The 2004 annual decolonization seminar would take place in the Pacific region in his country, he said.  Last year’s seminar had created two important precedents.  For the first time, the seminar had been held in a Non-Self-Governing Territory.  Also for the first time, the United Kingdom had participated formally and had engaged directly in a dialogue with representatives of Territories it administered.  He hoped that event represented a new trend in the work of the Special Committee.

He would count on the full cooperation and active participation of the administering Powers and looked forward to the constructive participation of the people of the Territories.  That would assist them in determining their final status within the framework of the three options:  free association, integration with another State or independence.

Also this morning, the Committee elected Luc Joseph Okio (Congo) and Orlando Requeijo Gual (Cuba) as Vice-Chairmen, and Fayssal Mekdad (Syria) as Rapporteur.  Further, it adopted its programme of work for the 2004 session, as contained in documents A/AC.109/2004/L.1 and L.2.

Several Committee members welcomed Saint Kitts and Nevis and Saint Vincent and the Grenadines to the expanded Special Committee.  Noting that only seven years were left in the Second Decade of Decolonization, they stressed the need for cooperation on the part of the administering Powers, as well as the need for active cooperation on the part of the Non-Self-Governing Territories in carrying out the Committee’s mandate.  They also underlined the importance of information dissemination and education of the Territories’ peoples regarding the available options to achieve self-determination.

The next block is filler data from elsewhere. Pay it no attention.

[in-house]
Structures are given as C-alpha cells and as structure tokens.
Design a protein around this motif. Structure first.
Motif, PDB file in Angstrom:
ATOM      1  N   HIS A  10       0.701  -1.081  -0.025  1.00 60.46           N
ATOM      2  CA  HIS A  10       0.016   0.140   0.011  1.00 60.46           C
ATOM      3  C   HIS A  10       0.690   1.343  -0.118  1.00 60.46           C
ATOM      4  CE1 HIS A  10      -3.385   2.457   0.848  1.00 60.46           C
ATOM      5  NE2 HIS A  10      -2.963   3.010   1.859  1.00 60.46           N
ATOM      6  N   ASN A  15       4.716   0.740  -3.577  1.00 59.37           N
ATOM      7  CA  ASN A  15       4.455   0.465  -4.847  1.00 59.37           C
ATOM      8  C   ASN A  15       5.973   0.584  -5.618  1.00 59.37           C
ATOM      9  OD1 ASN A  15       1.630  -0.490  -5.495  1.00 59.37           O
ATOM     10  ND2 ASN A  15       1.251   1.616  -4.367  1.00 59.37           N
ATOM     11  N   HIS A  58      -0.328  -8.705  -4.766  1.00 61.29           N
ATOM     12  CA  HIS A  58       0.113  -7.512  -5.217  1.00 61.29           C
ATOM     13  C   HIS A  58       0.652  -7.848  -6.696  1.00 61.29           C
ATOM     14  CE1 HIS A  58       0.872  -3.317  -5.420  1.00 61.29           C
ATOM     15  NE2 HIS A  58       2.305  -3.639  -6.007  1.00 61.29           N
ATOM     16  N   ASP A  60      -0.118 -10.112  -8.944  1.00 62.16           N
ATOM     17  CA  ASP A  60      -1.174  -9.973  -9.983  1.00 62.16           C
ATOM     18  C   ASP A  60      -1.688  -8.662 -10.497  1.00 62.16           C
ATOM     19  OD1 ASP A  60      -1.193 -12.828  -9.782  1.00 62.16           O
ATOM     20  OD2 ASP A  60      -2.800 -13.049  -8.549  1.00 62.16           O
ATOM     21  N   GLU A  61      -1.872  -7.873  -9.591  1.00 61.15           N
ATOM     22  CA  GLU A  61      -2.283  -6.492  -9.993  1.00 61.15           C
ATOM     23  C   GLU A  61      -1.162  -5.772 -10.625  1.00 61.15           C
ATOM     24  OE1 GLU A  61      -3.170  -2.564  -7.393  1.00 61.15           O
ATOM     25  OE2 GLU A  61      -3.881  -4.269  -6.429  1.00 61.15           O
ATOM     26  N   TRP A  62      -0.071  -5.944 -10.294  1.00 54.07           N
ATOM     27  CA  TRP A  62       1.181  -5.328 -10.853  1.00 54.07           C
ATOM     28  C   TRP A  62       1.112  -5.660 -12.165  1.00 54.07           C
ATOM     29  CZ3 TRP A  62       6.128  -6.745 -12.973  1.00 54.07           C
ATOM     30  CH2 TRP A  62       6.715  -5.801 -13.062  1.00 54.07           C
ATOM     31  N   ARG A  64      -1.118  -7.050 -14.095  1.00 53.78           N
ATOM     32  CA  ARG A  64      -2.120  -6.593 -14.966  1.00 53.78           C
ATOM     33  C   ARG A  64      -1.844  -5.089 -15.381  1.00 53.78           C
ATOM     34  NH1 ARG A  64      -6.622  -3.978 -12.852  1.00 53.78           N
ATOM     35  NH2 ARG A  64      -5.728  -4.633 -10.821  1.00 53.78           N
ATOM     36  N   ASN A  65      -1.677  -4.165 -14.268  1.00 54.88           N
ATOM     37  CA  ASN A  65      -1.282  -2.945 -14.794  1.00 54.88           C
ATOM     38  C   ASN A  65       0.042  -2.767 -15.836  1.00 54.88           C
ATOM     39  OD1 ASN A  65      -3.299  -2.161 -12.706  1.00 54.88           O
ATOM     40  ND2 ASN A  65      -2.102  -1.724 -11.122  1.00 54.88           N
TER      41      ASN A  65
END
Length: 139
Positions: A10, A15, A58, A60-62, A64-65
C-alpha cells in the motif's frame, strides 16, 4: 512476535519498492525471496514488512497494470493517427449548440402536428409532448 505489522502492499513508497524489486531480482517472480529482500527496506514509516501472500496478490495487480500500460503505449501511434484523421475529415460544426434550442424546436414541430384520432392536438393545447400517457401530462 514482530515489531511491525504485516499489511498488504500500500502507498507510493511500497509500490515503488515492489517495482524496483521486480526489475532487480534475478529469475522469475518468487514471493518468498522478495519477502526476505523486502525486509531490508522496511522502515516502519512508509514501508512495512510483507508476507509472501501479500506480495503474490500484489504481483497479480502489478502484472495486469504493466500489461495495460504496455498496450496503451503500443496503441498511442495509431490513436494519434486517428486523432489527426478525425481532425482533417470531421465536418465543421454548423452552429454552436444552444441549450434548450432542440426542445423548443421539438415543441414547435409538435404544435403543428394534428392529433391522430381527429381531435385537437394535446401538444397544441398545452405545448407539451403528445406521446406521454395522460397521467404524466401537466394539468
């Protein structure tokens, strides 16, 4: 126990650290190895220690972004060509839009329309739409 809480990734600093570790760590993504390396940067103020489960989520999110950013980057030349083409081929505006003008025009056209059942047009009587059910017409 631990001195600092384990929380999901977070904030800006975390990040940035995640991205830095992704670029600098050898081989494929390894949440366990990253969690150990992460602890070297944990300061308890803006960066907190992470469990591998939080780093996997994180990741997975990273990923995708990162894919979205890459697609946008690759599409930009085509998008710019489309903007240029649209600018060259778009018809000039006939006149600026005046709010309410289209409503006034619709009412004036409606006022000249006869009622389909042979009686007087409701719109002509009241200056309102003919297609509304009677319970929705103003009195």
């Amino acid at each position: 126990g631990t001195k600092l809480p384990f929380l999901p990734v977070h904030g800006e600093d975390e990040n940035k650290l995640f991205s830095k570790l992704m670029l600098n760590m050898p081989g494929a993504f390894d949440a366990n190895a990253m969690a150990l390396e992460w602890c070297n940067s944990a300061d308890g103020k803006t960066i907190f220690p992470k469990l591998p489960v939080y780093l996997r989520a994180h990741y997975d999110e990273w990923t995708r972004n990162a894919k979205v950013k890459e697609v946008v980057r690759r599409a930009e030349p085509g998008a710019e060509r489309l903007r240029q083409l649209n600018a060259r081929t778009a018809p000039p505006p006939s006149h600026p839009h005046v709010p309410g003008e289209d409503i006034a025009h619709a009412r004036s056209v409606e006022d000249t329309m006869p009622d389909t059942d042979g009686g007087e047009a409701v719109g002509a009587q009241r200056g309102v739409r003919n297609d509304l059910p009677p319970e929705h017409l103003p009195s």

Statements were made by the representatives of Cuba, Congo, Venezuela, Syria, Saint Lucia, Saint Kitts and Nevis, Antigua and Barbuda, Indonesia, Bolivia, Mali, Côte d'Ivoire, Fiji and Grenada.  The representative of New Zealand, one of the administering Powers, spoke as well.

The Special Committee on decolonization –- formally known as the Special Committee on the Situation with regard to the Implementation of the Declaration on the Granting of Independence to Colonial Countries and Peoples and commonly referred to as the “Special Committee of 24” -- was established by the General Assembly in 1961.  It meets annually, hears appointed and elected representatives of Non-Self-Governing Territories and petitioners, dispatches visiting missions to those Territories, and organizes seminars on their political, social, economic and educational situations.

The 16 Non-Self-Governing Territories covered by the Committee are:  American Samoa, Anguilla, Bermuda, British Virgin Islands, Cayman Islands, Falkland Islands/Malvinas, Gibraltar, Guam, Montserrat, New Caledonia, Pitcairn, Saint Helena, Tokelau, Turks and Caicos Islands, United States Virgin Islands, and Western Sahara.

The current members of the Special Committee are:  Antigua and Barbuda, Bolivia, Chile, China, Congo, Côte d’Ivoire, Cuba, Ethiopia, Fiji, Grenada, India, Indonesia, Iran, Iraq, Mali, Papua New Guinea, Russian Federation, Saint Kitts and Nevis, Saint Lucia, Saint Vincent and the Grenadines, Sierra Leone, Syria, Tunisia, United Republic of Tanzania and Venezuela.

The Special Committee will meet again at a date to be announced.

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For information media. Not an official record.